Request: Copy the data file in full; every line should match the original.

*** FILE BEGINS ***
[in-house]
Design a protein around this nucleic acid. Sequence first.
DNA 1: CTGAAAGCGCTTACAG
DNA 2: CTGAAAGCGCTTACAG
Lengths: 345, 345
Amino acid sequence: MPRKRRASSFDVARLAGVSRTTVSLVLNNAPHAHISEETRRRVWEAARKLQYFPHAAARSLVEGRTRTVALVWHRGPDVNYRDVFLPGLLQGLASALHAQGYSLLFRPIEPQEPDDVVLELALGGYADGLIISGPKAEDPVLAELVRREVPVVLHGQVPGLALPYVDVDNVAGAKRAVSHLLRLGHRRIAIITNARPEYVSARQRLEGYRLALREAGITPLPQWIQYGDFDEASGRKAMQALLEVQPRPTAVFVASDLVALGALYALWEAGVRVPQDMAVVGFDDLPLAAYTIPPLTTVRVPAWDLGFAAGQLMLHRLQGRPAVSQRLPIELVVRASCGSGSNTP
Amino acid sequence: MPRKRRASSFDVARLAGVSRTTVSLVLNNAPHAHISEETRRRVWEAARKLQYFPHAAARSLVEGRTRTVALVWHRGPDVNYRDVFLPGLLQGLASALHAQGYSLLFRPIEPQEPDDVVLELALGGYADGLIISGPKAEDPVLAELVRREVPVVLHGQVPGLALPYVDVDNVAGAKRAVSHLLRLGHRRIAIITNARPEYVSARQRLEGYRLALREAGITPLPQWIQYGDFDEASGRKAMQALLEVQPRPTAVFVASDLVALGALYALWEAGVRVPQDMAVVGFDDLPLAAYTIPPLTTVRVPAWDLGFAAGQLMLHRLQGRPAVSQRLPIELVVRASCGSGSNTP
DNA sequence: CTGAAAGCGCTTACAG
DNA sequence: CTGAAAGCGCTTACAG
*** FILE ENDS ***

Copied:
[in-house]
Design a protein around this nucleic acid. Sequence first.
DNA 1: CTGAAAGCGCTTACAG
DNA 2: CTGAAAGCGCTTACAG
Lengths: 345, 345
Amino acid sequence: MPRKRRASSFDVARLAGVSRTTVSLVLNNAPHAHISEETRRRVWEAARKLQYFPHAAARSLVEGRTRTVALVWHRGPDVNYRDVFLPGLLQGLASALHAQGYSLLFRPIEPQEPDDVVLELALGGYADGLIISGPKAEDPVLAELVRREVPVVLHGQVPGLALPYVDVDNVAGAKRAVSHLLRLGHRRIAIITNARPEYVSARQRLEGYRLALREAGITPLPQWIQYGDFDEASGRKAMQALLEVQPRPTAVFVASDLVALGALYALWEAGVRVPQDMAVVGFDDLPLAAYTIPPLTTVRVPAWDLGFAAGQLMLHRLQGRPAVSQRLPIELVVRASCGSGSNTP
Amino acid sequence: MPRKRRASSFDVARLAGVSRTTVSLVLNNAPHAHISEETRRRVWEAARKLQYFPHAAARSLVEGRTRTVALVWHRGPDVNYRDVFLPGLLQGLASALHAQGYSLLFRPIEPQEPDDVVLELALGGYADGLIISGPKAEDPVLAELVRREVPVVLHGQVPGLALPYVDVDNVAGAKRAVSHLLRLGHRRIAIITNARPEYVSARQRLEGYRLALREAGITPLPQWIQYGDFDEASGRKAMQALLEVQPRPTAVFVASDLVALGALYALWEAGVRVPQDMAVVGFDDLPLAAYTIPPLTTVRVPAWDLGFAAGQLMLHRLQGRPAVSQRLPIELVVRASCGSGSNTP
DNA sequence: CTGAAAGCGCTTACAG
DNA sequence: CTGAAAGCGCTTACAG